The autumn chill of Vancouver was a surprise after the late summer heat of Palm Springs - a drop from around 35C (96F) to 16C (60F) after a three hour flight was challenging to the system and wardrobe but we had packed warm clothes, so survived the arctic onslaught. I had particularly hoped to get some good autumn colour pictures but the low light on most days rather limited this. Although I have many thousands of good garden pictures, being away in Palm Springs in the autumn and winter means that I do not get the opportunity to capture these two seasons. Its a tough life missing the British autumn and winter!
|Maples in a brief sunny moment|
|Lots of grass plantings in landscaped areas - flowering well in the dry autumn air|
|Just one of many roof gardens we saw|
|The large quarry garden and the Bloedel Conservatory in the misty distance|
|Parthenocissus quinquefolia - is it?|
|Bit of everything, trees, shrubs, conifers, herbaceous, aquatic and bedding - very parksy! And note the 'keep off the grass' railings|
|Beautiful rock strata reminding us of the origins of the garden|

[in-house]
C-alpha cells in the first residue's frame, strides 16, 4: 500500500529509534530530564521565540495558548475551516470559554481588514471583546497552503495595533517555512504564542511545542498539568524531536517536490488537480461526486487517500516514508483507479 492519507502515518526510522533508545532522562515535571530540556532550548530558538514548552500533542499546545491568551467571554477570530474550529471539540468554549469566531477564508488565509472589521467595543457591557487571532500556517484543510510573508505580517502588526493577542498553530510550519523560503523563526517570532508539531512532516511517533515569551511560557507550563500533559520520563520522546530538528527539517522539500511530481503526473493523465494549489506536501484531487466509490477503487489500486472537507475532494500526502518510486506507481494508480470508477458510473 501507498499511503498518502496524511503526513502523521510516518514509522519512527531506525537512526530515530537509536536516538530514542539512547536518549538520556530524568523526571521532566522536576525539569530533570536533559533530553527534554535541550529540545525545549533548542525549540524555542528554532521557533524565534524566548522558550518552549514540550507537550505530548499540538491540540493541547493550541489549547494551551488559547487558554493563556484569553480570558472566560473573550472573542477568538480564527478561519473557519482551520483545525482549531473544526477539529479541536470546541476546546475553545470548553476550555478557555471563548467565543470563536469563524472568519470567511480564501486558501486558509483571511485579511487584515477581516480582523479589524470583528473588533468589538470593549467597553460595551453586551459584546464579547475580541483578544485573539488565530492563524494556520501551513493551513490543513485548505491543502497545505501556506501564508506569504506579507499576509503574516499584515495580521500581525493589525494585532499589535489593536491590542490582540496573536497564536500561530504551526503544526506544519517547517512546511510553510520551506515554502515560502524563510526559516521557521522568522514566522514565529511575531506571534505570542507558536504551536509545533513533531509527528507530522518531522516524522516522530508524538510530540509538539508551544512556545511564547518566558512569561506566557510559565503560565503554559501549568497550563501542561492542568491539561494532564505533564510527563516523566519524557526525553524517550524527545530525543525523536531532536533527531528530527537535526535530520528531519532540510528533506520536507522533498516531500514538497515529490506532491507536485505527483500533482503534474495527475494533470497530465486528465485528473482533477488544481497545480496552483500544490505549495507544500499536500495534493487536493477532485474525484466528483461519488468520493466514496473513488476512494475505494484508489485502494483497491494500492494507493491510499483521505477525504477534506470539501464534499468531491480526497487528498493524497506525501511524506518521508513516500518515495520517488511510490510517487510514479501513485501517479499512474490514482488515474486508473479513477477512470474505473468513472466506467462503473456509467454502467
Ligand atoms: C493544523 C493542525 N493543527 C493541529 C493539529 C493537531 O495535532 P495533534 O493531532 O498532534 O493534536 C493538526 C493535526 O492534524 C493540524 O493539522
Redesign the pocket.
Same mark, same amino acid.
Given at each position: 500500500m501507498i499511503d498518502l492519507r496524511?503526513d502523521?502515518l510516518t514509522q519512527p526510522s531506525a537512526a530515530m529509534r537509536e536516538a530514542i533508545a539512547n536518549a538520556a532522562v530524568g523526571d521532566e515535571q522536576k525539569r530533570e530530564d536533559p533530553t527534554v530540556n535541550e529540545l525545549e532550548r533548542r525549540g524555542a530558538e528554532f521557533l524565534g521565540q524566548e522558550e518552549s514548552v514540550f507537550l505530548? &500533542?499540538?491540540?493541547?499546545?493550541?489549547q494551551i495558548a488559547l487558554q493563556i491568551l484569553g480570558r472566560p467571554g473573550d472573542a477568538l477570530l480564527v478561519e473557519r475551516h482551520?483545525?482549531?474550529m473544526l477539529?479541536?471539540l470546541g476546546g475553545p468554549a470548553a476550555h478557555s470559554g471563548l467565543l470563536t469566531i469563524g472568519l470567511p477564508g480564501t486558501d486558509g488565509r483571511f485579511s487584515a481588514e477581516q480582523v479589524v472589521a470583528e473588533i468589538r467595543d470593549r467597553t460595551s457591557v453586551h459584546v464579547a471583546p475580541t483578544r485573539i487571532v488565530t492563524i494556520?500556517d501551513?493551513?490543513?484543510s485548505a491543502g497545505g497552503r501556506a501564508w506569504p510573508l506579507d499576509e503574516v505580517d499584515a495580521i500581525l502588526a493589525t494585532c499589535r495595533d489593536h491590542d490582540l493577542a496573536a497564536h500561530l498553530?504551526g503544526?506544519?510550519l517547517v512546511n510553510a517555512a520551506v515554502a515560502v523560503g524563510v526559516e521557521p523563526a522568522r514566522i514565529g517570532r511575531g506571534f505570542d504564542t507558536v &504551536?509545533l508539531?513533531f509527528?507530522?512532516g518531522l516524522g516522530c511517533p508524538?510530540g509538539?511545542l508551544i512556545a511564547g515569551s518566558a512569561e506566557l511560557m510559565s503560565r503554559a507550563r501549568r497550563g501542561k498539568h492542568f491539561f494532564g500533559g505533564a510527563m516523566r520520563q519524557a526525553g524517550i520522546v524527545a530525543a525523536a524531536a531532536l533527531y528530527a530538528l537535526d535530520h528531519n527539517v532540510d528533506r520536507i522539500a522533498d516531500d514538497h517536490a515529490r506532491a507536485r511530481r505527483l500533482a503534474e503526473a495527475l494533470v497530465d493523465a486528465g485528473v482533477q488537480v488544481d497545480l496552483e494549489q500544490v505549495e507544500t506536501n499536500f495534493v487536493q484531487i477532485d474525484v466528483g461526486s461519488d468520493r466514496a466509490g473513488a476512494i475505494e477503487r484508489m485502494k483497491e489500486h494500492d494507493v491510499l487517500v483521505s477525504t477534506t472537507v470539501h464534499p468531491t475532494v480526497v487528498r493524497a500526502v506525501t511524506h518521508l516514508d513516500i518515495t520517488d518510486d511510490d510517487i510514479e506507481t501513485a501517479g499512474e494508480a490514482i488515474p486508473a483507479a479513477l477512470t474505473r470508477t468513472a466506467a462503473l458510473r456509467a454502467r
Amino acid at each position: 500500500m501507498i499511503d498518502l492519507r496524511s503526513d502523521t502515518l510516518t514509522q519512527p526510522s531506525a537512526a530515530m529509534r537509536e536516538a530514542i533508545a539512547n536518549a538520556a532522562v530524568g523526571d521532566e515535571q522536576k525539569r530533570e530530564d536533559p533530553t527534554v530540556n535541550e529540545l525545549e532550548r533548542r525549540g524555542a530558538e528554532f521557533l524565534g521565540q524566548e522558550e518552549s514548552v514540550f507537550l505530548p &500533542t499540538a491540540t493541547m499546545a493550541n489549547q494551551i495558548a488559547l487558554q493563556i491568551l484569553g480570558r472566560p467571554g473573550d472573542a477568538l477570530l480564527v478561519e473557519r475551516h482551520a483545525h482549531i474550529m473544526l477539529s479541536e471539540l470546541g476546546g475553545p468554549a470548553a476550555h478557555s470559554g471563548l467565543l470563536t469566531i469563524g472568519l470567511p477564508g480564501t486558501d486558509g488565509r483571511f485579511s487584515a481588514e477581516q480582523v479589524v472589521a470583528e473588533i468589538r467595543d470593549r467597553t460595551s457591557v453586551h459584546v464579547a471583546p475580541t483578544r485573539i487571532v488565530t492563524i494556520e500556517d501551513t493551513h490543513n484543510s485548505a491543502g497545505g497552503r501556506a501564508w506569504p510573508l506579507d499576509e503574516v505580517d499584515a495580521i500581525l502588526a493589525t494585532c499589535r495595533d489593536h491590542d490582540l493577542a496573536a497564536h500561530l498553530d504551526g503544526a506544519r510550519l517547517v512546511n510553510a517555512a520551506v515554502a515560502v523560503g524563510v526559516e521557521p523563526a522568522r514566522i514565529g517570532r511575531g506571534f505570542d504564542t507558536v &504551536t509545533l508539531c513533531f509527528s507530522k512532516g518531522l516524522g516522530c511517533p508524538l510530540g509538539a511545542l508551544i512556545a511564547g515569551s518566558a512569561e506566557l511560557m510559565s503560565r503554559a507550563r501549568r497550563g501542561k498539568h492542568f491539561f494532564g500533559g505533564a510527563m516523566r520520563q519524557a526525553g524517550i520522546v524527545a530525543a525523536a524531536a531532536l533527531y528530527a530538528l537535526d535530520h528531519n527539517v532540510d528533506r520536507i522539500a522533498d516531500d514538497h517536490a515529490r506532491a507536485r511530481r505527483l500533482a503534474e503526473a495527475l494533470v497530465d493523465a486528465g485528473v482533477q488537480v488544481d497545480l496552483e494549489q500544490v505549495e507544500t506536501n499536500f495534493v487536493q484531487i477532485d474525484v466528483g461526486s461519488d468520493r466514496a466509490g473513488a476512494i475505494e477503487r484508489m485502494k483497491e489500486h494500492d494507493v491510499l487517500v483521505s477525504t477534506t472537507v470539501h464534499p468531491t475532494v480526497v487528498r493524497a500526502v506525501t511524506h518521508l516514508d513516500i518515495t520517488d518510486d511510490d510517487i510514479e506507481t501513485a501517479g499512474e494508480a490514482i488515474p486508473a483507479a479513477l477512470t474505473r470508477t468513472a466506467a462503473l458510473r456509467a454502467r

|I just loved this muted mix of autumn colours|
Celebration Plaza at the centre of the gardens and at the highest point, features seven Tai Chi arbours, a dramatic dancing fountain and Henry's Moore's impressive 'Knife Edge - Two Piece' sculpture. Apologies for the almost monochromatic pictures due to the low light.
|Henry Moore sculpture and dancing fountains|
|The Bloedel Conservatory|
The sculpture was gifted by Prentice Bloedel as was the adjacent conservatory constructed in 1969 at a cost of $1M. The structure is not dissimilar to the great Biomes at the Eden Project, although the panels in the Bloedel Conservatory are triangular and those at Eden are hexagonal. The conservatory was threatened with closure in 2009 but was reprieved following fund raising by a Friends group and support from the nearby VanDusen Botanical Garden (more in next blog). The conservatory is lushly planted and maintained at a tropical temperature but the planting is confused and Alocasias are mingled with Brugmansias, cacti and charm chrysanthemums. It needs a good sort out and some interpretation. Over 100 species of tropical birds live, flying freely, within the conservatory. Again apologies for the poor pictures - none of the birds seemed willing to pose and face the camera!
|Inside the conservatory|
|Great foliage combo - anyone know what the Alocasia is?|
|Costus pulverulentus which I wrongly named in a previous blog, this time in bloom.|
|Dichorisandra thyrsiflora - often called blue ginger but actually a relative of Tradescantia|
|Pachystachys lutea, a relative of the shrimp plant and same family as Acanthus|
And the next post - wait for it - The Van Dusen Botanic Gardens - truly wonderful!